In broadcast world, some thanks
PSU’s Jones swings into his busiest time of the year
We’re just a three days removed from Thanksgiving, and there are many reasons to be thankful in regard to sports media and television. Here are a few atop my list:
David Feherty: The golf analyst and TV personality conducts the best sports interview program on television. We’re getting to the point of the year where episodes will be aired back-to-back during the holidays, and if you have the ability to view things on demand it’s worth doing with his show.
Sure, A-list folks sitting down with Feherty know they’re going to get a generally more-than-kind Q-and-A session, but he always makes things fun and interesting. He’s likeable and it’s good TV.
Steve Jones: Penn State’s play-by-play voice for football and basketball gets even busier at this time of the year with more basketball games and a bit more travel. Still, he remains focused, prepared and sharp when games begin — and really any time he’s behind a mic.
He’s done more than 250 games with Jack Ham on Penn State football and his unrivaled experience as the voice of men’s basketball makes his emotion when the team succeeds (and struggles) is genuine.
Best of all, even better than his solid play-by-play work, is his amazing ability to contextualize things in a positive manner for Penn State.
His optimism is nice. Sure, sometimes it sounds contrived — it would be easier to be negative, after all — but he always manages to back it up with facts and sound so logical.
Beth Mowins: ESPN’s versatile play-by-play talent, who handles college football, basketball, soccer, softball and volleyball and softball, was the first woman do handle play-by-play duties on a nationally televised NFL game. She also works preseason games in that role for the Oakland Raiders.
This past week, she added play-by-play of a game show, calling spins of the big wheel on The Price is Right.
Kudos to the show’s host, comedian Drew Carey, who likes Mowins’ work and put the plan in action to get her on the show. And kudos to her agent, and to her, for doing it. Sometimes broadcasters take themselves too seriously. This gig was a neat opportunity and a neat story.
Replay review: It’s the gift that keeps on giving, most recently for fans in our region during the Ole Miss-Penn State basketball game Wednesday night, when a missed possession call allowed the Nittany Lions to keep the ball.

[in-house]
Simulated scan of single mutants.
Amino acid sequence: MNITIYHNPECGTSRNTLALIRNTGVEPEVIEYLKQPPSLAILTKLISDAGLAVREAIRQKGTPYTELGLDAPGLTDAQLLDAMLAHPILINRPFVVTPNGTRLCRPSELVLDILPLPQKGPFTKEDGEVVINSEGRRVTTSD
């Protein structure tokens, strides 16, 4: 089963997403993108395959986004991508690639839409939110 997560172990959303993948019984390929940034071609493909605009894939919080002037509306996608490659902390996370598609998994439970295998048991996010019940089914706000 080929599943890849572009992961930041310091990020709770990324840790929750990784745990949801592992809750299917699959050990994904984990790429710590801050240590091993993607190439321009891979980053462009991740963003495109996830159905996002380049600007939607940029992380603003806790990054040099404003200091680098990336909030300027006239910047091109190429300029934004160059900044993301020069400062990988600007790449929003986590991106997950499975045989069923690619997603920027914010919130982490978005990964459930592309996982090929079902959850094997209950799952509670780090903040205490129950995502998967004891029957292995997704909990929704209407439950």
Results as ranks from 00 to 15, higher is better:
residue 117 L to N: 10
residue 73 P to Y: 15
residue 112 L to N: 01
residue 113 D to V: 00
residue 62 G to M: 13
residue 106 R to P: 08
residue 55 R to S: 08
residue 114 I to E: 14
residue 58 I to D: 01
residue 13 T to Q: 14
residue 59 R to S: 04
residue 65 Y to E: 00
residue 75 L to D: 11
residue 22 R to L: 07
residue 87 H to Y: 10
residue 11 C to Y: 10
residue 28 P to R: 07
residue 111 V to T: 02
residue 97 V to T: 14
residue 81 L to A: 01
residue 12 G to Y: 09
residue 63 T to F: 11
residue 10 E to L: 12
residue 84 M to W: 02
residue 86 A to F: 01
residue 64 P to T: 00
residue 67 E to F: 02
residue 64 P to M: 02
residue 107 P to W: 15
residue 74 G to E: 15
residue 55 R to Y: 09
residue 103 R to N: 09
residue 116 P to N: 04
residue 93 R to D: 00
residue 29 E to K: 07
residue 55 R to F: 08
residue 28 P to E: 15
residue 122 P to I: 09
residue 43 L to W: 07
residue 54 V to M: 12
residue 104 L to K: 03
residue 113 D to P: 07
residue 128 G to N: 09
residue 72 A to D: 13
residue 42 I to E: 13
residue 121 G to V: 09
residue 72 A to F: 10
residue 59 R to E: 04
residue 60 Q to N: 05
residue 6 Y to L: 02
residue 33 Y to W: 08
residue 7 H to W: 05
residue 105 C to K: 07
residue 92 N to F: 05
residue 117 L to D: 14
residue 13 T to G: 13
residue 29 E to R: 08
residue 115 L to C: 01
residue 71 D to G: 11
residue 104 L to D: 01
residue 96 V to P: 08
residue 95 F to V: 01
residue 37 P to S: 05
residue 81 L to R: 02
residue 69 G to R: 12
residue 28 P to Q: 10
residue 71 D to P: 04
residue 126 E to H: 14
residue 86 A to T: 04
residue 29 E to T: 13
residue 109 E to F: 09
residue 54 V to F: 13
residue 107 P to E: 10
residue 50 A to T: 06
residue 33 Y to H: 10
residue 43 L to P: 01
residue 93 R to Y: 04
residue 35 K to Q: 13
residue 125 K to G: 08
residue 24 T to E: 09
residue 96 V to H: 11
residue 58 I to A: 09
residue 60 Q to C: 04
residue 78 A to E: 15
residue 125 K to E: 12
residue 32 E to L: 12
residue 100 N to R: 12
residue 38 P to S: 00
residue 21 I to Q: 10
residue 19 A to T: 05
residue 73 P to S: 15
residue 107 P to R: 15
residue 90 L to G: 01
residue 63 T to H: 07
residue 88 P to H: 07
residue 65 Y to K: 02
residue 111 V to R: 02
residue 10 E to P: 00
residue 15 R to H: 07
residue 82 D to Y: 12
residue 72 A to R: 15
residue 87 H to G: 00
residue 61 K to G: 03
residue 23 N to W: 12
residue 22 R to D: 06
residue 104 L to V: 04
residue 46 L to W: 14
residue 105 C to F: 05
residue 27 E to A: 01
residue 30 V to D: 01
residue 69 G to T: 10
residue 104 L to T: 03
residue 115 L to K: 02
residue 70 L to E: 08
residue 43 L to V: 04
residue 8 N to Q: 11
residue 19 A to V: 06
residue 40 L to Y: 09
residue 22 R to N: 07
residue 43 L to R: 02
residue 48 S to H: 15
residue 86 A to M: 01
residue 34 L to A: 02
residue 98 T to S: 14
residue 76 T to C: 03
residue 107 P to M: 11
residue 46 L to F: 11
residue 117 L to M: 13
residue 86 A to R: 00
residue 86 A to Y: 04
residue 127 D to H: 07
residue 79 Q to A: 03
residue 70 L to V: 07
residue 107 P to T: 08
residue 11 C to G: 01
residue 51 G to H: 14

Sure, Penn State still faltered and let go of what was a 21-point lead, but the replay in the team’s favor was just another example of how the system fails — consistently and in every sport.
Replay neither makes the game faster nor any less likely to lead to what should be the correct winner. Fans would typically want any system to ensure both of those things.
It’s impressive that replay, across sports, networks and everything else, continues to fail to deliver on that promise.
It would seem hard to do, but apparently, it’s not.
All the money people pay in their cable bills and all the money that broadcast and cable networks get from advertisers produces a lot of revenue for college athletic programs — nearly $55 million per year per school in the Big Ten Conference, for example.
It’s so much it seems silly, and it leads to some even sillier things.
Atop that list would be the weekly College Football Playoff rankings TV show and, even worse, the weekly meetings of the playoff committee — funded in large part by the networks and on the backs of the football players.
Actually, there’s not much wrong with the show that airs each week on ESPN. It’s well produced, moves quickly and provides information in which people have an interest.
Getting to the show, though, with hotel room stays and long, made-for-TV board-room meetings involving members of the playoff committee is a hard-to-explain combination of greed and incompetence.
There’s just no reason the 13 members of the selection committee — a group of athletic directors, former coaches and university presidents, with a couple of former college athletes and a former media thrown in the mix — need to meet on the same site every week for their deliberations, votes and eventual reveal.
n Ratings and viewership numbers for that Penn State-Ohio State football game two weeks ago made the matchup the highest-rated game of the season on Fox until that time — although Saturday’s Ohio State-Michigan game might alter things a bit. Anyway, Penn State-Ohio State drew a 6.3 rating with more than 8 million people watching.
n The nationally ranked Penn State men’s hockey team plays visits Michigan for the start of a two-game series at 7 p.m. Friday. Fox Sports 1 will broadcast the game.
n The Formula 1 season ends at 8 this morning with the Abu Dhabi Grand Prix. Race coverage begins at 8 a.m. on ESPN. And ratings for the series this season have prompted an extension of the broadcast contract through 2022.
n The annual Home Depot College football awards will air at 7 p.m. Thursday, Dec. 12 on ESPN.
Sampsell comments on the broadcast media for the Mirror. He can be reached at firstname.lastname@example.org.